Historically, policy has focused on effluent quality, pushing for discharge limits to protect the environment. This is important – and necessary. However, policy and regulation need to catch up with the growing acceptance of water reuse and begin to structure guidance around its implementation. It’s starting to happen in several corners of the world. For example, Saudi Araba increased its water tariff to encourage water reuse. The United Arab Emirates is opting for stronger conservation and reuse rather than investing in desalination technologies, which are effective but expensive.

But resource recovery goes beyond water reuse. It also means we can capture other valuable byproducts from wastewater. Energy is one of them.

Energy neutrality: Harnessing the power of water

The water-energy nexus is real. Without water, you can’t create energy; without energy, you can’t treat water. Consider that municipal wastewater contains two to four times more energy within it than it takes to treat it. Innovative technologies are critical to finding new ways to reduce plants’ energy consumption. Energy-efficient treatment options are gaining ground, such as the MABR (Membrane Aerated Biofilm Reactors) and advanced anaerobic digesters. Advanced digestion can be used to create biogas and reciprocating gas engines can turn that biogas into electricity, creating a pathway to becoming energy neutral or even energy positive.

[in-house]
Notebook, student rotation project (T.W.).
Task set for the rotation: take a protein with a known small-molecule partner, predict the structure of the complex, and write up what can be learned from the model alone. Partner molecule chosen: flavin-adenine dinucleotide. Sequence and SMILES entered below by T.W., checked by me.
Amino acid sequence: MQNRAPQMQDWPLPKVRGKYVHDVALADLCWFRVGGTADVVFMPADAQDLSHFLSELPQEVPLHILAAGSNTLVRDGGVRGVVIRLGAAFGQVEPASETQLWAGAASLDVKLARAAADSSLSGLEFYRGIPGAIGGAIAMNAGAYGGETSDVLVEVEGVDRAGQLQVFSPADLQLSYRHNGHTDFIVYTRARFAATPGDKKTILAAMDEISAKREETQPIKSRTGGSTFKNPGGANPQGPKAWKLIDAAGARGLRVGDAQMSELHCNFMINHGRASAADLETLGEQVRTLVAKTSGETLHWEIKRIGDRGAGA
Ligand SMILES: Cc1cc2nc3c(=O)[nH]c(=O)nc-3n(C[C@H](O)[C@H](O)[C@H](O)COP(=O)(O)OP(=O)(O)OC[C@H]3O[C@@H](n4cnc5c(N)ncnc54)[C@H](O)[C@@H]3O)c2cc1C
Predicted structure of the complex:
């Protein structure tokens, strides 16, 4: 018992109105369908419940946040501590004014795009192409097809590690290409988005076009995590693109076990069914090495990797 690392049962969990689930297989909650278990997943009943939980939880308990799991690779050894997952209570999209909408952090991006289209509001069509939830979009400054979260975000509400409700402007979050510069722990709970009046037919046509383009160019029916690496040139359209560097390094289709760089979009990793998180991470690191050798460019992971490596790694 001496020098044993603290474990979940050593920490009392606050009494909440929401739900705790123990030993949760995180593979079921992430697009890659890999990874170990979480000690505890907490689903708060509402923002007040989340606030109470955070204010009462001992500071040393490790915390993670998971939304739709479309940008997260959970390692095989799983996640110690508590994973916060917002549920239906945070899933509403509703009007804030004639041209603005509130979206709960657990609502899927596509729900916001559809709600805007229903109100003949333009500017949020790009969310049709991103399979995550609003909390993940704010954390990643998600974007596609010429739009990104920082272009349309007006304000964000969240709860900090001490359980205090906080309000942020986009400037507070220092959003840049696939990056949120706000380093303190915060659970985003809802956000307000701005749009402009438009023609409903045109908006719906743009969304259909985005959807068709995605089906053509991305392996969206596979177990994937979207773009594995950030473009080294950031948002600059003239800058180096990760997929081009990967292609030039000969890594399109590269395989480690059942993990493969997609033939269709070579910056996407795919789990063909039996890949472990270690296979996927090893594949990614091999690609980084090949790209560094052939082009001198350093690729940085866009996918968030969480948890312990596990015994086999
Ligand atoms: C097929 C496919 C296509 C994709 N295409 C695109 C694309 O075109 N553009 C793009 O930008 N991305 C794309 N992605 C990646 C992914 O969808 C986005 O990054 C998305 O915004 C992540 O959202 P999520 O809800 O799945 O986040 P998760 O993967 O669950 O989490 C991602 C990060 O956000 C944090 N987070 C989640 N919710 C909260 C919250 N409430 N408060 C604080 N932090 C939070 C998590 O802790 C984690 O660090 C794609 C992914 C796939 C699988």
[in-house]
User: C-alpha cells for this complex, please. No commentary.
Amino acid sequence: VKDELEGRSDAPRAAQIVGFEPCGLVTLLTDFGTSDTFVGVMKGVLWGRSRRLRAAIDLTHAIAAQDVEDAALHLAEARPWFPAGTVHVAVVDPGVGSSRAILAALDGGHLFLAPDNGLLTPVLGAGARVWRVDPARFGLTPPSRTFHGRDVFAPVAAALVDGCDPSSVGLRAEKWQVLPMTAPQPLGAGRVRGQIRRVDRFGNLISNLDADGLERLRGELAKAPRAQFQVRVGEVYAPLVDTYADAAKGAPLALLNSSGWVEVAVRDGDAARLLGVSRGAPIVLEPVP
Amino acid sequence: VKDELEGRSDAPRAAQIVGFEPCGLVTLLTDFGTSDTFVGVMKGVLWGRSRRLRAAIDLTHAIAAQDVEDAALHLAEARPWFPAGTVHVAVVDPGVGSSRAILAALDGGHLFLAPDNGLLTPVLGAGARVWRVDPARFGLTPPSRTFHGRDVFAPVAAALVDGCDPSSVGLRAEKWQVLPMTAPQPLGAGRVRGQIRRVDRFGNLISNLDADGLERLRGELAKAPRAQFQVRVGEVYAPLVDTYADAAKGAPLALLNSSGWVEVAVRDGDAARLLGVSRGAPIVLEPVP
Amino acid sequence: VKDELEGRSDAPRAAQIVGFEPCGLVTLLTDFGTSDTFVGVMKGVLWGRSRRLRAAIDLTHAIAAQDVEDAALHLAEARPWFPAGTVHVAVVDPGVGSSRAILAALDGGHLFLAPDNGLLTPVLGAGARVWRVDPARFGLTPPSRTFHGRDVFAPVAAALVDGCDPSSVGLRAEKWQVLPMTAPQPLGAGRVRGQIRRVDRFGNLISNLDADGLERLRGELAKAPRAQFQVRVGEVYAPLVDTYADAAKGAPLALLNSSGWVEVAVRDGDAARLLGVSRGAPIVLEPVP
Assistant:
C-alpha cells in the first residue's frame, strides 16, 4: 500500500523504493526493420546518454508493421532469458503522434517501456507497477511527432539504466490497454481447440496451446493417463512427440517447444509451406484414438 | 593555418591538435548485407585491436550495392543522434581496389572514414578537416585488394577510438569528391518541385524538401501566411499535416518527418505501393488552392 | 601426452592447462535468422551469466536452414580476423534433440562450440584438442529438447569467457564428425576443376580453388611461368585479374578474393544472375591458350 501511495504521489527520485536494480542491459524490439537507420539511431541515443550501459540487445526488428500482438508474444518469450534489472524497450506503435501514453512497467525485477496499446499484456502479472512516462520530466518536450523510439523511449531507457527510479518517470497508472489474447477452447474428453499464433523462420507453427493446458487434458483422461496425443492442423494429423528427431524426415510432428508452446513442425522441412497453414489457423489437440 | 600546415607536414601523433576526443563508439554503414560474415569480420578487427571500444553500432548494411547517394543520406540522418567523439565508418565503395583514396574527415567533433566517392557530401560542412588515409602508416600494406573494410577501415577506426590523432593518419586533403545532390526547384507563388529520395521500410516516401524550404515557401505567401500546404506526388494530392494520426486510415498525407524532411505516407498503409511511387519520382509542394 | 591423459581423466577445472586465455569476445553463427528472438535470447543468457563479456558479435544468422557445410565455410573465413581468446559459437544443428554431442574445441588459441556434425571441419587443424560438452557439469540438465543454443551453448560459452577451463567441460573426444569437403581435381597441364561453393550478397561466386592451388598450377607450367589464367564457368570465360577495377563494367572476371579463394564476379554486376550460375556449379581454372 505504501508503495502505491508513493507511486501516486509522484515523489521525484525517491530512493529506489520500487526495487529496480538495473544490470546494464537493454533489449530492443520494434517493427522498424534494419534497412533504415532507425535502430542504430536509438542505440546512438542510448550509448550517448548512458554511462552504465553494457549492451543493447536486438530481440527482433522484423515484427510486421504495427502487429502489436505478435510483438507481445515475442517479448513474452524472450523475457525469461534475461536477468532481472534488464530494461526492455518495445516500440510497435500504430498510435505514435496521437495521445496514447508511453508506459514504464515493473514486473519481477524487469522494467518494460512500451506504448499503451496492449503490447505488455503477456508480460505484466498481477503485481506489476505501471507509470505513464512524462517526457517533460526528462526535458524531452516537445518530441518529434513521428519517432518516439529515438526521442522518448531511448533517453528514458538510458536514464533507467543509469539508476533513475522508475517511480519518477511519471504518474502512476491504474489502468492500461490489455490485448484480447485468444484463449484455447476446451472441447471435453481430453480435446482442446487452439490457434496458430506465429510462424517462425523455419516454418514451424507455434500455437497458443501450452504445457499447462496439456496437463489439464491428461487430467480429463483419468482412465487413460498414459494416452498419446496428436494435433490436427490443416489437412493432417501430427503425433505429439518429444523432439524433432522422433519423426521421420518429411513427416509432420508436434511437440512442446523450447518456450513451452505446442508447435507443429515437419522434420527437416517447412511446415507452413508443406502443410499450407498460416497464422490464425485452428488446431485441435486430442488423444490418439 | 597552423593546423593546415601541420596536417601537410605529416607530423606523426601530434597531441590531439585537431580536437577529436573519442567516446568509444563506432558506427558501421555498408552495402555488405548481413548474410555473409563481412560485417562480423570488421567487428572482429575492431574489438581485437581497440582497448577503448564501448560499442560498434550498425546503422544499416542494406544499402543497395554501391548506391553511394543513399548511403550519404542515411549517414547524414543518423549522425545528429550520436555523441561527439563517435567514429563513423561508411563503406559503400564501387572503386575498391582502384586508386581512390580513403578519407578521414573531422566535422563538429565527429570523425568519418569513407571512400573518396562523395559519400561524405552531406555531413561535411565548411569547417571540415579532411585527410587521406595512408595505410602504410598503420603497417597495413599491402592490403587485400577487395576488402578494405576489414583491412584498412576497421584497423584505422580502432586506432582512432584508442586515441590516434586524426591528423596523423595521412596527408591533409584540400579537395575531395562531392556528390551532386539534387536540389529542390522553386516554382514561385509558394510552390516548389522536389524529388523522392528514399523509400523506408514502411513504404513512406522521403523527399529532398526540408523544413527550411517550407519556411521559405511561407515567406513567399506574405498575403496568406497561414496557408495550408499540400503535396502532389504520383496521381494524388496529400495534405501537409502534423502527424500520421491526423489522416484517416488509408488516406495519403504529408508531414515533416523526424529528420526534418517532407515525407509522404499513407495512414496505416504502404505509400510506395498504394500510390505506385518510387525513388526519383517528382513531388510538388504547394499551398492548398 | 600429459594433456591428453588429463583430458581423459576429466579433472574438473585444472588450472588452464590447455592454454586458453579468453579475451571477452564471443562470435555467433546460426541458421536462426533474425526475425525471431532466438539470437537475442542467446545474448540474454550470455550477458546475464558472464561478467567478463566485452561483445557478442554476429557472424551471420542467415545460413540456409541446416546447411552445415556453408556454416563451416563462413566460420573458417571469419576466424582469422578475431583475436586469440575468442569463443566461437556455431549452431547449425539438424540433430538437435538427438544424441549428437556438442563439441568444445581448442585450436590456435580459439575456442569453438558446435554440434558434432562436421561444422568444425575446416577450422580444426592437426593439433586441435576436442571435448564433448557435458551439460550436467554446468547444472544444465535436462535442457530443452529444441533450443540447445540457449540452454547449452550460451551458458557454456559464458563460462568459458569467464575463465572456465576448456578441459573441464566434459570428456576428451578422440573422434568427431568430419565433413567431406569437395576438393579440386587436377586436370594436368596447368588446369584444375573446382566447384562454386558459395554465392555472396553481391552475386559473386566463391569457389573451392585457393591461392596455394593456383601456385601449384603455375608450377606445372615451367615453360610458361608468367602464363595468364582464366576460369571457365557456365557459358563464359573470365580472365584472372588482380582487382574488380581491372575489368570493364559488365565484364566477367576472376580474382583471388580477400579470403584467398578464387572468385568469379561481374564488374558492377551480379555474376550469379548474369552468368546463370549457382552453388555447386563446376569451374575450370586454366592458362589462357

It’s a revolution in water resource recovery – and it’s underway. Some utilities are already energy neutral; many more are in some stage of planning, designing and constructing water resource recovery systems.

The benefits of energy neutrality extend beyond the individual wastewater facilities. Water resource recovery is a vision and a strategy that is encouraging greater adoption of water reuse around the world. And as a result, water resource recovery is helping to propel a circular economy where water is a valued, well-managed resource sustained by advances in science and technology.

Water quality: Tackling the micro pollutants challenge